But then, 10 participants said that their pastors and church do not understand their painful feelings and difficult situations (FA02, FA03, FA04, FA05, FA08, FA10, FA15, FA16, FA17 & FA21), because they have not told their pastors (FA03, FA05, FA08, FA15, FA17 & FA21). Due to a lack of relationship, they have not had an opportunity to talk to their pastors about their situations (FA02, FA04, FA10 & FA16). So, if their pastors do not ask first, they do not talk to them about their painful feelings and difficult situations. Usually they do not speak with someone freely about their feelings and situations. They do not like people to feel pity for them, and they have experienced that a person who has heard about their feelings and situations, discouraged them. Eight participants indicated that they have not thought about their pastors or any church members as their fathers (FA03, FA04, FA05, FA09, FA10, FA12, FA13 & FA18). One participant said that it was not easy for him to have a father figure, because he does not know what a ‘father’ is and what the ‘father’s role’ should be (FA04).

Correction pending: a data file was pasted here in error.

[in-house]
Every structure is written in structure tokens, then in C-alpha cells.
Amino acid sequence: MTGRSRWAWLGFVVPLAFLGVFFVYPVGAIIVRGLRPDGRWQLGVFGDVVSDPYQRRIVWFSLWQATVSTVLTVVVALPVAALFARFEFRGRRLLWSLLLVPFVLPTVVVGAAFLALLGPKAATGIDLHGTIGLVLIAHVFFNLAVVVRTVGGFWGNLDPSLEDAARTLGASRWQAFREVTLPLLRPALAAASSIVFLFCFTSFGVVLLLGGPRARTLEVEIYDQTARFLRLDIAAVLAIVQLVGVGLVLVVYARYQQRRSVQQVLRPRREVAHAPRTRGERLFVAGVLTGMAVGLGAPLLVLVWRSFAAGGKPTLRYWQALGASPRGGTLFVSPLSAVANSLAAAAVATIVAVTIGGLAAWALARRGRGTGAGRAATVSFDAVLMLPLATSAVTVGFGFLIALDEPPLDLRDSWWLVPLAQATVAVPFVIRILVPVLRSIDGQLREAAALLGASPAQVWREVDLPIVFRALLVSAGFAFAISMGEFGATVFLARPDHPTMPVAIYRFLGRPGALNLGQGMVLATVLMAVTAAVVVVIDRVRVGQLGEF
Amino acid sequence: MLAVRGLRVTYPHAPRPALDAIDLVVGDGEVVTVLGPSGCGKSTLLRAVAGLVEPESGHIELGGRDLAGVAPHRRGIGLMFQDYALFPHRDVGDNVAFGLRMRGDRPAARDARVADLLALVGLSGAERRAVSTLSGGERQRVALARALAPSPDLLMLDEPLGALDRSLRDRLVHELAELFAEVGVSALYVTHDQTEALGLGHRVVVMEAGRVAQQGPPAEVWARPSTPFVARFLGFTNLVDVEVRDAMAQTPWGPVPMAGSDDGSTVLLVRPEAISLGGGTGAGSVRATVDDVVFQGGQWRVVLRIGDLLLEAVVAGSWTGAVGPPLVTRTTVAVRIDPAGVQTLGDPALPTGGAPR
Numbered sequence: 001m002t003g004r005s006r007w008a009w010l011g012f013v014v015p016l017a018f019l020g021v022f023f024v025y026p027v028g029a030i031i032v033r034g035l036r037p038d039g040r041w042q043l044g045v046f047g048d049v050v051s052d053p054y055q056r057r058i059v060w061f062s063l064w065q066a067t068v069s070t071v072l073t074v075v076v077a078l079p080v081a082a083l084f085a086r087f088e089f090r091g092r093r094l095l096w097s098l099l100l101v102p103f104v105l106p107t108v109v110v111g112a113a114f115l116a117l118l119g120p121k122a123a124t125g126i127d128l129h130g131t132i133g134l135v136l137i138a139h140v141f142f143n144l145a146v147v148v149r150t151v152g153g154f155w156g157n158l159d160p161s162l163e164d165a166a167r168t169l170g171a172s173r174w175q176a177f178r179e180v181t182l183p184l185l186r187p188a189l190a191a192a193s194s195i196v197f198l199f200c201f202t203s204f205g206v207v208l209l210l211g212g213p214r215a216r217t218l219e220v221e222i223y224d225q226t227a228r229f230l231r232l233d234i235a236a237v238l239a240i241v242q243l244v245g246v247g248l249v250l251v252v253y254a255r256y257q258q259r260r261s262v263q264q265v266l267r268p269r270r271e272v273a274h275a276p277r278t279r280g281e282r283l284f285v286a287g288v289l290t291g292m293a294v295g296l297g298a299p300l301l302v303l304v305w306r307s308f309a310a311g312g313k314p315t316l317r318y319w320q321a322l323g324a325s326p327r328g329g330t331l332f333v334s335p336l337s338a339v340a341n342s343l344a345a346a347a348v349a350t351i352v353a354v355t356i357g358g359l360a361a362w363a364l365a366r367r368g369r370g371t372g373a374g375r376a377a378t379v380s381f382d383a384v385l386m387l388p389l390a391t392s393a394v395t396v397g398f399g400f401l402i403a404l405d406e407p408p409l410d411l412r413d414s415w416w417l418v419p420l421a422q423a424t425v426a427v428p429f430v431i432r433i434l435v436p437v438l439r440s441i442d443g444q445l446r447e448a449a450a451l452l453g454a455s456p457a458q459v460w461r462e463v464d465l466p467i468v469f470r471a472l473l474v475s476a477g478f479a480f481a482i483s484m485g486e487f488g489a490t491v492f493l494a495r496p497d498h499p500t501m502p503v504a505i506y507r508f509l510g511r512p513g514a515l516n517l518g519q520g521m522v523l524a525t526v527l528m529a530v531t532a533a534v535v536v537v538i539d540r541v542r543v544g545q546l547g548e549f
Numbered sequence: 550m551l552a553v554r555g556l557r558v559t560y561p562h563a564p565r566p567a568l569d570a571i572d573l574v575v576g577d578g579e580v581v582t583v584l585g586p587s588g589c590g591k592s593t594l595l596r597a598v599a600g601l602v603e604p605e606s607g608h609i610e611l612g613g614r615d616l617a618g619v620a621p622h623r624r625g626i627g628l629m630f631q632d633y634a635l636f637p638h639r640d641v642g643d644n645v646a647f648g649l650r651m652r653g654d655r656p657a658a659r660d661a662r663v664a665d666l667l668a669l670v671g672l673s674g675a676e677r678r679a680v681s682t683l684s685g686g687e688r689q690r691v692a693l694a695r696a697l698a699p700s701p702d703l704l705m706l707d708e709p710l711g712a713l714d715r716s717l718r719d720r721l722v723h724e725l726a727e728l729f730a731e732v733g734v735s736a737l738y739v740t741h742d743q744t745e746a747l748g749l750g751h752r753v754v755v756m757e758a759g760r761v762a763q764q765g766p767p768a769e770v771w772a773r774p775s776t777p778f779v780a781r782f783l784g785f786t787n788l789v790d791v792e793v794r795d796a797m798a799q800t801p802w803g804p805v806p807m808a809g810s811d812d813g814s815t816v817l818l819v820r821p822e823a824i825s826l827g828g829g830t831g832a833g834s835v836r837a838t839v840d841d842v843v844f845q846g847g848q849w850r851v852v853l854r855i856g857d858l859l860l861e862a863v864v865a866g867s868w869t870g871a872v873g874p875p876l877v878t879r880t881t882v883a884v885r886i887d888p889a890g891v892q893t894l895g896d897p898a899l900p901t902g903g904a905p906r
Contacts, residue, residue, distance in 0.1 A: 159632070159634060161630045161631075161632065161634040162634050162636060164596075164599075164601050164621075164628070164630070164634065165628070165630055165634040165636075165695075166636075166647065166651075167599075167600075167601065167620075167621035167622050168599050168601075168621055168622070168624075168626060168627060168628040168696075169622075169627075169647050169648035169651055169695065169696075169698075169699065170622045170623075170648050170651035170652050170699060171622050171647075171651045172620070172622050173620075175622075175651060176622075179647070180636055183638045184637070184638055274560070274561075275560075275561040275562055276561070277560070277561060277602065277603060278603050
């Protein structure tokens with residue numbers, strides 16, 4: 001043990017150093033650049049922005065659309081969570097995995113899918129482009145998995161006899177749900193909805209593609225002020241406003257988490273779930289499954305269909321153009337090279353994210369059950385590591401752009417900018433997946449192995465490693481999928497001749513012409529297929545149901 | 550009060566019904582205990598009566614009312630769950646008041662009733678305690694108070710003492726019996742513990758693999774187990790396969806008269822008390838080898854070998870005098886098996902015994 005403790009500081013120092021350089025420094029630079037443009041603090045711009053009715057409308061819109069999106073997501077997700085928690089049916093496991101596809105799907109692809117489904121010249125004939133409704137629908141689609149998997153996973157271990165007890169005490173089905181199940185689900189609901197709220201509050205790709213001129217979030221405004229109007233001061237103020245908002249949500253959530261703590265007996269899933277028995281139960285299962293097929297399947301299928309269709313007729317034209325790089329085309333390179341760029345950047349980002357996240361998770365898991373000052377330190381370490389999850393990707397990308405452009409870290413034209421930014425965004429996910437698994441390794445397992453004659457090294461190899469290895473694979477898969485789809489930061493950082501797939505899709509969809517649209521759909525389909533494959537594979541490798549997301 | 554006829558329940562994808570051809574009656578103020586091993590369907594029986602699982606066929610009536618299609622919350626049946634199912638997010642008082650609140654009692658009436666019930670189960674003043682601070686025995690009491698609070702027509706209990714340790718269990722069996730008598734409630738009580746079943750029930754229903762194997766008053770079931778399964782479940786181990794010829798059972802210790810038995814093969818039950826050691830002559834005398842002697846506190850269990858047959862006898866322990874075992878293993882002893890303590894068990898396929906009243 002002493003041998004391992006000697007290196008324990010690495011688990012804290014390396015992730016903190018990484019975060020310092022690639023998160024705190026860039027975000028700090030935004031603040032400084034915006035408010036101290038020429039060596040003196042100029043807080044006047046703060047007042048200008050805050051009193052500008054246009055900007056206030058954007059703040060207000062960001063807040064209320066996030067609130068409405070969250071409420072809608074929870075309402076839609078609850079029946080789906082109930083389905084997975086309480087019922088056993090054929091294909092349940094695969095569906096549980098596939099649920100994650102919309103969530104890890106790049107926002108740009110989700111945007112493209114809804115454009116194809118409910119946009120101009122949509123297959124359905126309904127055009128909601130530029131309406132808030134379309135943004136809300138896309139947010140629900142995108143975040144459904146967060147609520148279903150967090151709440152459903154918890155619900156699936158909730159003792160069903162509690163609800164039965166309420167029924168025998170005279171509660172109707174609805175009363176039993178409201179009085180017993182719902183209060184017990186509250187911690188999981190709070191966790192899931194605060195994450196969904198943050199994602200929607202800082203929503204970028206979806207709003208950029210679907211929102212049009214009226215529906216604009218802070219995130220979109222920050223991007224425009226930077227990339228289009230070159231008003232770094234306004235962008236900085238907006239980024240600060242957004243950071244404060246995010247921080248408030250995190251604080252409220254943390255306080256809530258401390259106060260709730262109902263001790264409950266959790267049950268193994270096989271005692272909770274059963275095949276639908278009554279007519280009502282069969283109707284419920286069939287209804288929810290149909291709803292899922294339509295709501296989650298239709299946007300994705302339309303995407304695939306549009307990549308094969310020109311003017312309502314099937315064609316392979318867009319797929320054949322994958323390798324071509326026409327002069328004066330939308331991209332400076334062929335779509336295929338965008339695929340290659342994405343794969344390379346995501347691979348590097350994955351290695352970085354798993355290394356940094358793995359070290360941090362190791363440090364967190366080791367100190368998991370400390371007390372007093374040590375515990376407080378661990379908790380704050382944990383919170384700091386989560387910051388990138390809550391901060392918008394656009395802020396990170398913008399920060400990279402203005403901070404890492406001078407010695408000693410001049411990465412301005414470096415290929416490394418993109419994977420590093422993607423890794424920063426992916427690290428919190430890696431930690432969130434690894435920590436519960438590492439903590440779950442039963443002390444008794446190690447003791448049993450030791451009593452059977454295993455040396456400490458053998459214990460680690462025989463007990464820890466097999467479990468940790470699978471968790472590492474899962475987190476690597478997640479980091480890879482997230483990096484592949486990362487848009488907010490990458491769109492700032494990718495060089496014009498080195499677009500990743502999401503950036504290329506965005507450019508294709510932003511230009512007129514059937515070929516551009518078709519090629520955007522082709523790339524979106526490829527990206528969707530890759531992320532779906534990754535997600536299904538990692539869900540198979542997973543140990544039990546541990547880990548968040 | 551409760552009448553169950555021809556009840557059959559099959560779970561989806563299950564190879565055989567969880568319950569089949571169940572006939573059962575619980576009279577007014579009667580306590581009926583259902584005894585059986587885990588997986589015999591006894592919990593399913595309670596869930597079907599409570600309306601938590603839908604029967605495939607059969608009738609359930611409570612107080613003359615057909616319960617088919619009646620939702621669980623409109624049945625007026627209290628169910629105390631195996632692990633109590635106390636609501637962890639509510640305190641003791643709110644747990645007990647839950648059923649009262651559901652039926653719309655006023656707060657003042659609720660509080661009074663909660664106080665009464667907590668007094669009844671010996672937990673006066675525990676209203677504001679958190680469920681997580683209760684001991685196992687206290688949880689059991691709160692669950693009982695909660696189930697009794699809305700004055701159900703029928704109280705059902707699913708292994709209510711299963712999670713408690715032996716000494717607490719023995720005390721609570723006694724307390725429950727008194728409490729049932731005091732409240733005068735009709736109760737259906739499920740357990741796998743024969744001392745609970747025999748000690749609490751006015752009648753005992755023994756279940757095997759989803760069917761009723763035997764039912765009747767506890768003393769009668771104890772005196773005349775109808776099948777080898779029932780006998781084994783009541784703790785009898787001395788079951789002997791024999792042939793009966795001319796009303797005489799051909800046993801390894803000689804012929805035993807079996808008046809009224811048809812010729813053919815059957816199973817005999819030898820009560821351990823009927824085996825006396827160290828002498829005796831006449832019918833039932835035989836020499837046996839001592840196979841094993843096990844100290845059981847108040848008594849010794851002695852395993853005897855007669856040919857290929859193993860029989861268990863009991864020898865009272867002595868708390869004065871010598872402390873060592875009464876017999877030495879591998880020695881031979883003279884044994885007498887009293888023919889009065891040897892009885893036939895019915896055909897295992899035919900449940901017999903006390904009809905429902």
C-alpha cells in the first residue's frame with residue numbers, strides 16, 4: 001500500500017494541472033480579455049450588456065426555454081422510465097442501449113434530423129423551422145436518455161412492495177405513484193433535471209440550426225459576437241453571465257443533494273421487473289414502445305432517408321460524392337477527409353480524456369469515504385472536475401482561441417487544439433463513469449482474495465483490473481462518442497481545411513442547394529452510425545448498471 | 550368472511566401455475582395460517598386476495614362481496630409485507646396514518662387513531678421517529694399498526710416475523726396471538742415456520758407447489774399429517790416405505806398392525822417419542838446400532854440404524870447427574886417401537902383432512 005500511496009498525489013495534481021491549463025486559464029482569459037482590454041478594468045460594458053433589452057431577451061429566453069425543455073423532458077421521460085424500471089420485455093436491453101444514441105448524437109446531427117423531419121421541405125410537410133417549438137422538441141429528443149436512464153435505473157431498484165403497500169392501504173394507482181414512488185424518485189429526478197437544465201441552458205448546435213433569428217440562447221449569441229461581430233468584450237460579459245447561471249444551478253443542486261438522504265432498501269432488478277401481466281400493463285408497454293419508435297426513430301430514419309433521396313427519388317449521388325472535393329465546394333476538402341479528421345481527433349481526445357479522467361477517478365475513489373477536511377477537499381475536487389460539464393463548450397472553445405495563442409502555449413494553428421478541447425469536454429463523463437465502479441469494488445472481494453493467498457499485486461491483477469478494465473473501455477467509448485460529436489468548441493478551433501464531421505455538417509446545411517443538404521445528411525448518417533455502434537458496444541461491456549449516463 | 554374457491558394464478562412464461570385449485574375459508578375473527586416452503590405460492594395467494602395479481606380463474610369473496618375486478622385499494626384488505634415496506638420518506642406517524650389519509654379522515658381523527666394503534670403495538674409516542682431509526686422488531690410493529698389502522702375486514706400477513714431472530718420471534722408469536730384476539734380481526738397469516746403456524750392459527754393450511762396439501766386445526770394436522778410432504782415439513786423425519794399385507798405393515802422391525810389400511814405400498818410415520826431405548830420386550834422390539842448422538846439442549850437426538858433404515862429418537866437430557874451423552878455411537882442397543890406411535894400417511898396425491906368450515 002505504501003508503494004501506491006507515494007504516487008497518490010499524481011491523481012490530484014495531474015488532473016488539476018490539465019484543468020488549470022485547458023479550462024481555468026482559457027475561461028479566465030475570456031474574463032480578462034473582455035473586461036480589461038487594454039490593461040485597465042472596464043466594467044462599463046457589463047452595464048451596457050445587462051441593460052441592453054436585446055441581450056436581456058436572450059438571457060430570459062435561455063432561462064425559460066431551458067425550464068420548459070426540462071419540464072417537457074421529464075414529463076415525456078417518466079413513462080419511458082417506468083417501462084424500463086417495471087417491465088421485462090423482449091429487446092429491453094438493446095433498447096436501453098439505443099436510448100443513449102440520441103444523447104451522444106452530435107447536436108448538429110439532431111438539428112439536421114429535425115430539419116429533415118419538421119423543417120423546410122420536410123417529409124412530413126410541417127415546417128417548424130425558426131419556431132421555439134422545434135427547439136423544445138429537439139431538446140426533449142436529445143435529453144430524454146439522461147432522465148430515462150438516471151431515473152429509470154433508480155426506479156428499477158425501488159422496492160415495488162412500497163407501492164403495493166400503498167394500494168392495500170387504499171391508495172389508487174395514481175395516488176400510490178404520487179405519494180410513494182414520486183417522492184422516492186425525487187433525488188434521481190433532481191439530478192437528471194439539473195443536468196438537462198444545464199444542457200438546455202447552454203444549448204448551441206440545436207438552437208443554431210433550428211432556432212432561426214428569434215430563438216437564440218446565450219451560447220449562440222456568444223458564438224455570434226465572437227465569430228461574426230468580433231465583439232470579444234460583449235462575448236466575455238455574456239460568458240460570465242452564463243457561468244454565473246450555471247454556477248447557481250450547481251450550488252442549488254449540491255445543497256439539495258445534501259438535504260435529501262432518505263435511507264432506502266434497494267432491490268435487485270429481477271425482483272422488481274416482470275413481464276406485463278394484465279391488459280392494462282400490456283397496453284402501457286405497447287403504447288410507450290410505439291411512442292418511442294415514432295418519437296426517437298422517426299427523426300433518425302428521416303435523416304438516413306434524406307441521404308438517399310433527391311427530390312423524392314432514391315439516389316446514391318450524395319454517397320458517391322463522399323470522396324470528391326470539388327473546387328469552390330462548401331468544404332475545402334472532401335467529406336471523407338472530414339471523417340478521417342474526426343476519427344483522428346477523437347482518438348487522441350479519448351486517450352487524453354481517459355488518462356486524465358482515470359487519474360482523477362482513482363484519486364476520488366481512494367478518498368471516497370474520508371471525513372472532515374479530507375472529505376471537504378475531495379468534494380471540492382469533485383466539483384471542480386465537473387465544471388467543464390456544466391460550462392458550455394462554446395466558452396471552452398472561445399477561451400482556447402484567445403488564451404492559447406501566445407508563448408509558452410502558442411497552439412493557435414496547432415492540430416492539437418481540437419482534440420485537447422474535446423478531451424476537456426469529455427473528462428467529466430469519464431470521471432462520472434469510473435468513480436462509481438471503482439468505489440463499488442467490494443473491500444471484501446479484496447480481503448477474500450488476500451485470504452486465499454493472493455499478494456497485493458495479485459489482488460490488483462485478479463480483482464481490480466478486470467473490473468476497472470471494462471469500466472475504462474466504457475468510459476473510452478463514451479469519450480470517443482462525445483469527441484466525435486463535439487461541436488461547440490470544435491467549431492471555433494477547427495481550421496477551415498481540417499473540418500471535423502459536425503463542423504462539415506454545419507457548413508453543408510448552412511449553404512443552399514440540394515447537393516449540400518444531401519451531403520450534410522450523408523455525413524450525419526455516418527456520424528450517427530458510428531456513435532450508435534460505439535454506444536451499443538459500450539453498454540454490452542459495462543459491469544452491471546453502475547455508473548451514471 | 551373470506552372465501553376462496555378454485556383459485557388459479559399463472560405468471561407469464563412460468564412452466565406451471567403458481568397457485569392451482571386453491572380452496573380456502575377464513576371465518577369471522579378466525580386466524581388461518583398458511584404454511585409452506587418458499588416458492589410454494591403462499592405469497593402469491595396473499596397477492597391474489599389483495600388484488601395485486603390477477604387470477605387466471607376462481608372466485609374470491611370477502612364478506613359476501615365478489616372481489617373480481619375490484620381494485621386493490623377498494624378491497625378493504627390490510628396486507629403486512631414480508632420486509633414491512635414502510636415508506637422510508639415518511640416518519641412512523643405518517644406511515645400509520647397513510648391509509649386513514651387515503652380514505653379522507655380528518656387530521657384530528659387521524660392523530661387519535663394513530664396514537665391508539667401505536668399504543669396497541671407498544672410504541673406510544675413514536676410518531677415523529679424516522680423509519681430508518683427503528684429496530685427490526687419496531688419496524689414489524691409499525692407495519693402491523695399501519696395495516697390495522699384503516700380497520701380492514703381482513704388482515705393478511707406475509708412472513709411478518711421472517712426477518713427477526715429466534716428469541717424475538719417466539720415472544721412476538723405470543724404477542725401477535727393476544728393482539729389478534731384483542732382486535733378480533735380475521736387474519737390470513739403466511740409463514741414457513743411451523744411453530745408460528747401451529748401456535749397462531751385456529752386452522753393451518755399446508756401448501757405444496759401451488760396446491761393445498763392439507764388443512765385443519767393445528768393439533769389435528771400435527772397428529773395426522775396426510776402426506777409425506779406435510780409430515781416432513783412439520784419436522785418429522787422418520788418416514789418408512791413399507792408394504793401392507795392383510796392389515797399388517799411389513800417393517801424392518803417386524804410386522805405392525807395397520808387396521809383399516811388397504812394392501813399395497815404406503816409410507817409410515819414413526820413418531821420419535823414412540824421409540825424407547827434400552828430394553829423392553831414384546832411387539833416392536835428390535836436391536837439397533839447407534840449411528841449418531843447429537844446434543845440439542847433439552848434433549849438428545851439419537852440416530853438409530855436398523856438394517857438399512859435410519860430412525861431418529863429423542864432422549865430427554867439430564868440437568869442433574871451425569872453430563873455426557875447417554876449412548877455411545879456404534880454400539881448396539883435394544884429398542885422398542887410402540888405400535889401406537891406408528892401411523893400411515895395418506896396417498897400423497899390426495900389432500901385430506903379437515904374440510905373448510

The father-absent participants would like their church or pastor to support them to build their characters (17 times), to support them spiritually (14 times) and financially (9 times).

The outcome of interviews with senior pastors of father-absent adolescents
Description of the participants’ recognition of youth living without a father figure